Just started on this mini-series and enjoying it so far, although the premise is a bit bizarre. Basically, it's a Western, but set in Victorian Yorkshire. Has you scratching your head that, doesn't it? Jenny from Call the Midwife plays a widow with two children (although she does not look young enough to have a daughter that age) who is left with her husband's debts and is forced to find work in the new town of Jericho, which has sprung up around a new bridge being built, and is mainly populated by the navvies working on it.



I suppose they must have done their research but the whole look seems so far from the Victorian England usually depicted that it's hard to get your head around. And one thing is certain, Yorkshire does not get that much sun.  There's a great cast though, and although I feel it might take me a few episodes to get properly into it, it's got lots of potential. Shame they never commissioned a second series.


Roots

 
 
 
I've been catching up on this on BBC iplayer - well, actually, I've only watched the first episode so far. But it was so good. Based on the book by Alex Haley and also on the previous series (a huge hit in the 70's)  Roots follows an African-American family through the generations, starting with Kunta Kinte, who is taken from his village in Africa and sold as a slave. Each episode focuses on a different character but so far I've only seen Kunta's story - it was heart-breaking and a difficult watch at times, but the acting was great (particularly from Forest Whitaker as Fiddler) and it was powerful, gripping TV. Great production values too.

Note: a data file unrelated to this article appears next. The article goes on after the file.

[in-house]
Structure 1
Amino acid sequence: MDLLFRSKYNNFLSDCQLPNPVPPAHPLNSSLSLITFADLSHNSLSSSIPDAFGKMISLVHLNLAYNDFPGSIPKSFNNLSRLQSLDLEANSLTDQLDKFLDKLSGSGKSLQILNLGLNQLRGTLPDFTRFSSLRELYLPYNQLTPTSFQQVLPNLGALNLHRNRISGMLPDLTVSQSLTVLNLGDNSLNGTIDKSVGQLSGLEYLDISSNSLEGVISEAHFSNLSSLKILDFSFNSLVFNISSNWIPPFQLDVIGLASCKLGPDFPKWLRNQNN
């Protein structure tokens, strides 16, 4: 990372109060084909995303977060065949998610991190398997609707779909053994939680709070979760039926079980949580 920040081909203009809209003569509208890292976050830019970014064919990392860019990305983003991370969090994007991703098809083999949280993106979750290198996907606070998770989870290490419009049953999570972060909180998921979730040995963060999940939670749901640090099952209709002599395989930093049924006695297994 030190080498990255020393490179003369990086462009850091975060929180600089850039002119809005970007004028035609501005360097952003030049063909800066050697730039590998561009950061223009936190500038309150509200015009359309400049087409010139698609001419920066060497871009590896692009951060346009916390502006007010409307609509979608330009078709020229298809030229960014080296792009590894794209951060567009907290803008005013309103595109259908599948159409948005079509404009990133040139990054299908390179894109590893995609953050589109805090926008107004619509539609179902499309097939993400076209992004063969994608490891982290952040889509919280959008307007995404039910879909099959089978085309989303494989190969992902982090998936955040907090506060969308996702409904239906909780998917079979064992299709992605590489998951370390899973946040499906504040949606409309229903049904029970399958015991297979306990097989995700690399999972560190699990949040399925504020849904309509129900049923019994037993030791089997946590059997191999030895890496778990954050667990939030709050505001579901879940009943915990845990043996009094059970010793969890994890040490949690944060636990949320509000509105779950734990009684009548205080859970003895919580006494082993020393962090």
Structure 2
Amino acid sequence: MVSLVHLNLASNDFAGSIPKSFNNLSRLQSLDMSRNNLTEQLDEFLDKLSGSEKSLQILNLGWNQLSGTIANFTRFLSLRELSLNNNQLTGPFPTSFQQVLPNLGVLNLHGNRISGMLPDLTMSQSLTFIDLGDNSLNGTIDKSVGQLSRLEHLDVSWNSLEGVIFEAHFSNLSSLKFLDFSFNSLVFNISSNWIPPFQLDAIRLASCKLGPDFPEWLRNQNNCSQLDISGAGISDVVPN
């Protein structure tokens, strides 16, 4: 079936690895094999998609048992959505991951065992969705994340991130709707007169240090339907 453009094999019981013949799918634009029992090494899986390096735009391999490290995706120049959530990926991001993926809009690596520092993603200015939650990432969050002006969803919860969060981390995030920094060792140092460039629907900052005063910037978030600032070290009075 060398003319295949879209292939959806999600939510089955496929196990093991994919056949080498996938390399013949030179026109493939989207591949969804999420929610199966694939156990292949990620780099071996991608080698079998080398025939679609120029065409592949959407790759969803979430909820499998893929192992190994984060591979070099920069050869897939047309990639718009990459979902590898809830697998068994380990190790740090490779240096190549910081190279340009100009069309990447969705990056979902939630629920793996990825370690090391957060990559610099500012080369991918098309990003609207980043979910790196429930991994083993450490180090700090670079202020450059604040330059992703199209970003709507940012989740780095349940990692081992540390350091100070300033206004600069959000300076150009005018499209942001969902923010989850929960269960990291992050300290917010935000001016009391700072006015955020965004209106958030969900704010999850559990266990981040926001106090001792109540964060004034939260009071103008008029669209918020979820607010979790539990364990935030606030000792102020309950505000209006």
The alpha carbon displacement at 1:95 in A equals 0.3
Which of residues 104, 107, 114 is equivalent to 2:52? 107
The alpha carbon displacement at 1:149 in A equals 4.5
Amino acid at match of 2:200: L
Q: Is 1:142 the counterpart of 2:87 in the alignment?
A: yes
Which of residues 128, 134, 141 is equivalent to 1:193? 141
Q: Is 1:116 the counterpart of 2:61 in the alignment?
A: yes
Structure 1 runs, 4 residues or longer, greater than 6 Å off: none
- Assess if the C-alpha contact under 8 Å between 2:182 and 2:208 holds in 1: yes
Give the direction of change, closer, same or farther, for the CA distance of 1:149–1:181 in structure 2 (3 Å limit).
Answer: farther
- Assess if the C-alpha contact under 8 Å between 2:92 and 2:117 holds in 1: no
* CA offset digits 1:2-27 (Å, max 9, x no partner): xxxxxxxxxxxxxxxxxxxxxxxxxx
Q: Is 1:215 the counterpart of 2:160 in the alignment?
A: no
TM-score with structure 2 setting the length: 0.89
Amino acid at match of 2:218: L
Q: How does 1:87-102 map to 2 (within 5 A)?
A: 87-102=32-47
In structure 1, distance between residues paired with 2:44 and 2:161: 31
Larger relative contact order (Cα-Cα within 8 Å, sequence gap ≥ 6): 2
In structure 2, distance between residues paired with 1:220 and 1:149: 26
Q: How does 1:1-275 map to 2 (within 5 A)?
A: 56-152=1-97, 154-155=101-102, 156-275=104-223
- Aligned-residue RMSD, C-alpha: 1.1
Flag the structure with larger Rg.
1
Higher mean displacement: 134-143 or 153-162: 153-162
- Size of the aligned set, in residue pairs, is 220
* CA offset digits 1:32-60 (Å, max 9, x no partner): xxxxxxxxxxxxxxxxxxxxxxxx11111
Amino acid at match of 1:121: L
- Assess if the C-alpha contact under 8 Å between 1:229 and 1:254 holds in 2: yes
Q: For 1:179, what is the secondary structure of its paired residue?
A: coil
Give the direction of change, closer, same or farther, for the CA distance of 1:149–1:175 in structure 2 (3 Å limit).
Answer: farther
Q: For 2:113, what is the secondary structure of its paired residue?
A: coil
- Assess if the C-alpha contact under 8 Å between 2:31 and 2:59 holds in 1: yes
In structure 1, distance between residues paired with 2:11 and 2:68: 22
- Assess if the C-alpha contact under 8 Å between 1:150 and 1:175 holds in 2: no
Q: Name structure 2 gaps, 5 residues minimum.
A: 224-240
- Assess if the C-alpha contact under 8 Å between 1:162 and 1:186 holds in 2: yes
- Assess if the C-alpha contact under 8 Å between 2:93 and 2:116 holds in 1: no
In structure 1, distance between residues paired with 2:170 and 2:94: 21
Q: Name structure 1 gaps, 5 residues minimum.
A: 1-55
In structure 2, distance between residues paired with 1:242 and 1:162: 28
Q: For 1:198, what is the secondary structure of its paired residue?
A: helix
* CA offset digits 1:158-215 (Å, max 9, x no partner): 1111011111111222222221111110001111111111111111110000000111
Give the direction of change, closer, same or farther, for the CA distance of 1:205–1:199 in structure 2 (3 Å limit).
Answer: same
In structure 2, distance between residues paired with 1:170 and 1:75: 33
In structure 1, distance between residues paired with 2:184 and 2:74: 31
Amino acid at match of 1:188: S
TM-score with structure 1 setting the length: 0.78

I read the first part of the book when I was younger, and I knew the story vaguely before that, as my friend at school watched the old series when we were about thirteen and explained the plot to me in great detail. It stuck in my head (as it had obviously stuck in hers) and I'm glad I'm finally going to find out what came next. Something about Chicken George? Excited for the next one anyway. I can't understand why it was shown on BBC 4 rather than one of the main channels - surely it should have been one of the big TV events of the year, especially since there's nothing else decent on terrestrial telly at the moment?



What I'm Reading:  

 
 
 
I've not been reading much of late, been in a bit of a slump. But I have been slogging through Colin Dexter's Last Bus To Woodstock  which is the first book in the 'Inspector Morse' series. I've been enjoying Endeavour so I thought I'd give it a go, but it's not really my thing. Written back in the eighties, the way Dexter writes about young women is a bit un-pc (apparently we all run in a "namby-pamby way" and are prone to falling instantly in love with aging police inspectors) but it's not vindictive and I do really like the relationship between Morse and Lewis. I laughed out loud at their exchanges a few times. I also bought a very beautiful illustrated copy of Game of Thrones in the sale at Waterstones - reduced to a fiver because one page was a teeny bit ripped. Absolute bargain. I love how it's so heavy it just sort of falls open, and you can sit with it on your knee without having to hold it. The pictures are by a few different illustrators and they're a bit hit and miss for me, but some of them are lovely. I like the black and white ones best, particularly these (below) of Arya with Ned, and Sansa with the Hound.
 
 

 

Have you read or watched any of these? What have you been loving lately?